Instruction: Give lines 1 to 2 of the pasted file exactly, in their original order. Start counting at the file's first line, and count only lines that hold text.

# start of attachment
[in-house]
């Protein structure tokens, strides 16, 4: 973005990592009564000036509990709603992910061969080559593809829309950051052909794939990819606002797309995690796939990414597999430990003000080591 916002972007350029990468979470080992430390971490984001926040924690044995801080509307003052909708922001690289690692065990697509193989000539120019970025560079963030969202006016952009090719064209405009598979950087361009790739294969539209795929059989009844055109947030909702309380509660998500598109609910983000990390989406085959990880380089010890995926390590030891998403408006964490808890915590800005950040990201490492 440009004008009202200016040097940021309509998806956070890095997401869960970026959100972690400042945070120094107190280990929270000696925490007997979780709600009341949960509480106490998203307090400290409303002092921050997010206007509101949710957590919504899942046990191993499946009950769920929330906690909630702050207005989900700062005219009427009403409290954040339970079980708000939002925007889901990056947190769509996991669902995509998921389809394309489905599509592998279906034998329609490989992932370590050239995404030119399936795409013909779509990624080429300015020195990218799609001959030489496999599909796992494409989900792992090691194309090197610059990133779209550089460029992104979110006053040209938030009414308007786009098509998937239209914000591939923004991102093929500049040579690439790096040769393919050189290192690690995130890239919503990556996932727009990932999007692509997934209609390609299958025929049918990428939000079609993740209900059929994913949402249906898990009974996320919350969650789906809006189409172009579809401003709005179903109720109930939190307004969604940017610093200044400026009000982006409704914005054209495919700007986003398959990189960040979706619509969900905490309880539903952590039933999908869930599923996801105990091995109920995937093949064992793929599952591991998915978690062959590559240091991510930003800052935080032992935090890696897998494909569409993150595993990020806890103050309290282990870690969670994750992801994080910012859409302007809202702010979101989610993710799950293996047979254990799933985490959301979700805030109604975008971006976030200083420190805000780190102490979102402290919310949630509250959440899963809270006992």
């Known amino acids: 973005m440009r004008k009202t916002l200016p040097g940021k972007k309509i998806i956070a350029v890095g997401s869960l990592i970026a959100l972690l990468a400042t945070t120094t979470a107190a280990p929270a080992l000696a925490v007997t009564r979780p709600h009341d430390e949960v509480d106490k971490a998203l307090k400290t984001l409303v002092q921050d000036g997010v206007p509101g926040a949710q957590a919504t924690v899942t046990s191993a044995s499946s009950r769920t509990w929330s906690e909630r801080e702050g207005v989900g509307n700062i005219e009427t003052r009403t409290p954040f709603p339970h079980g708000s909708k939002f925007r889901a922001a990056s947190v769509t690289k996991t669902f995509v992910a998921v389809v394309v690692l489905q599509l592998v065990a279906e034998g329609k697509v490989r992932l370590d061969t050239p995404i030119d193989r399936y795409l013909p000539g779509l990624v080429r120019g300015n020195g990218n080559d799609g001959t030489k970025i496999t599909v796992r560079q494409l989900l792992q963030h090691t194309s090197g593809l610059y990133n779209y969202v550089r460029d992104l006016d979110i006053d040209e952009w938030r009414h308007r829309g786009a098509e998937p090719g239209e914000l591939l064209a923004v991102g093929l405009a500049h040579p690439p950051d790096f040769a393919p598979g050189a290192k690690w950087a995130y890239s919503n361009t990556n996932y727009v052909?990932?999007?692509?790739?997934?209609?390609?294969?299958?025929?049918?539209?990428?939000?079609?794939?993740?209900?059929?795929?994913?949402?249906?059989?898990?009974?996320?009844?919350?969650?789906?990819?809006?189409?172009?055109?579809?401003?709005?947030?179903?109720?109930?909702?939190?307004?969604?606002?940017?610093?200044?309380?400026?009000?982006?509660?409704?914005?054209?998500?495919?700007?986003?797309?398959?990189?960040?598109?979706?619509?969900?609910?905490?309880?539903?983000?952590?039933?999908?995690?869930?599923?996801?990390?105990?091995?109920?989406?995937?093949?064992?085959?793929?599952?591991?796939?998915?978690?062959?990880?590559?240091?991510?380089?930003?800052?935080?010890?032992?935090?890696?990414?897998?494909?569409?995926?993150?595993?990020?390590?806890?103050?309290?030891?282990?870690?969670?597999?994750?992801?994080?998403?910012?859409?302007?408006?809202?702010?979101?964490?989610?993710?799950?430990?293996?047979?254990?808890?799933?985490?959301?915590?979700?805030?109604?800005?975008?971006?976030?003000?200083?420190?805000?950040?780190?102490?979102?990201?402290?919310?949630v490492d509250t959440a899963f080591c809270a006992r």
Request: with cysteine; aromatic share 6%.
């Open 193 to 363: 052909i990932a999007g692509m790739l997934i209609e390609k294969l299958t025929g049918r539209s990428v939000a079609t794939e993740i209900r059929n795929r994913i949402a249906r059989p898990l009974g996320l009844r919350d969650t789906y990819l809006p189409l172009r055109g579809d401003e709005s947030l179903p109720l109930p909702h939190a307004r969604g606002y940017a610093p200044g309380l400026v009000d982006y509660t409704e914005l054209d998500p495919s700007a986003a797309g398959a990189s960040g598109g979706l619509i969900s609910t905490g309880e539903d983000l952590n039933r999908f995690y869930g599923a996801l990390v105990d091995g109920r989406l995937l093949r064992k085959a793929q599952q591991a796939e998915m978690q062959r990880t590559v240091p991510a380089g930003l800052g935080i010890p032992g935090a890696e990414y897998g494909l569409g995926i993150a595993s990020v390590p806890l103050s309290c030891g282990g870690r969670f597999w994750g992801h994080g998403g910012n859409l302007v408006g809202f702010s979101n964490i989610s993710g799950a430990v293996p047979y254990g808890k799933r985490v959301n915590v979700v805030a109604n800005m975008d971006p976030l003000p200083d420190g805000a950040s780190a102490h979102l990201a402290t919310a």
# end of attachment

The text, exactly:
[in-house]
């Protein structure tokens, strides 16, 4: 973005990592009564000036509990709603992910061969080559593809829309950051052909794939990819606002797309995690796939990414597999430990003000080591 916002972007350029990468979470080992430390971490984001926040924690044995801080509307003052909708922001690289690692065990697509193989000539120019970025560079963030969202006016952009090719064209405009598979950087361009790739294969539209795929059989009844055109947030909702309380509660998500598109609910983000990390989406085959990880380089010890995926390590030891998403408006964490808890915590800005950040990201490492 440009004008009202200016040097940021309509998806956070890095997401869960970026959100972690400042945070120094107190280990929270000696925490007997979780709600009341949960509480106490998203307090400290409303002092921050997010206007509101949710957590919504899942046990191993499946009950769920929330906690909630702050207005989900700062005219009427009403409290954040339970079980708000939002925007889901990056947190769509996991669902995509998921389809394309489905599509592998279906034998329609490989992932370590050239995404030119399936795409013909779509990624080429300015020195990218799609001959030489496999599909796992494409989900792992090691194309090197610059990133779209550089460029992104979110006053040209938030009414308007786009098509998937239209914000591939923004991102093929500049040579690439790096040769393919050189290192690690995130890239919503990556996932727009990932999007692509997934209609390609299958025929049918990428939000079609993740209900059929994913949402249906898990009974996320919350969650789906809006189409172009579809401003709005179903109720109930939190307004969604940017610093200044400026009000982006409704914005054209495919700007986003398959990189960040979706619509969900905490309880539903952590039933999908869930599923996801105990091995109920995937093949064992793929599952591991998915978690062959590559240091991510930003800052935080032992935090890696897998494909569409993150595993990020806890103050309290282990870690969670994750992801994080910012859409302007809202702010979101989610993710799950293996047979254990799933985490959301979700805030109604975008971006976030200083420190805000780190102490979102402290919310949630509250959440899963809270006992």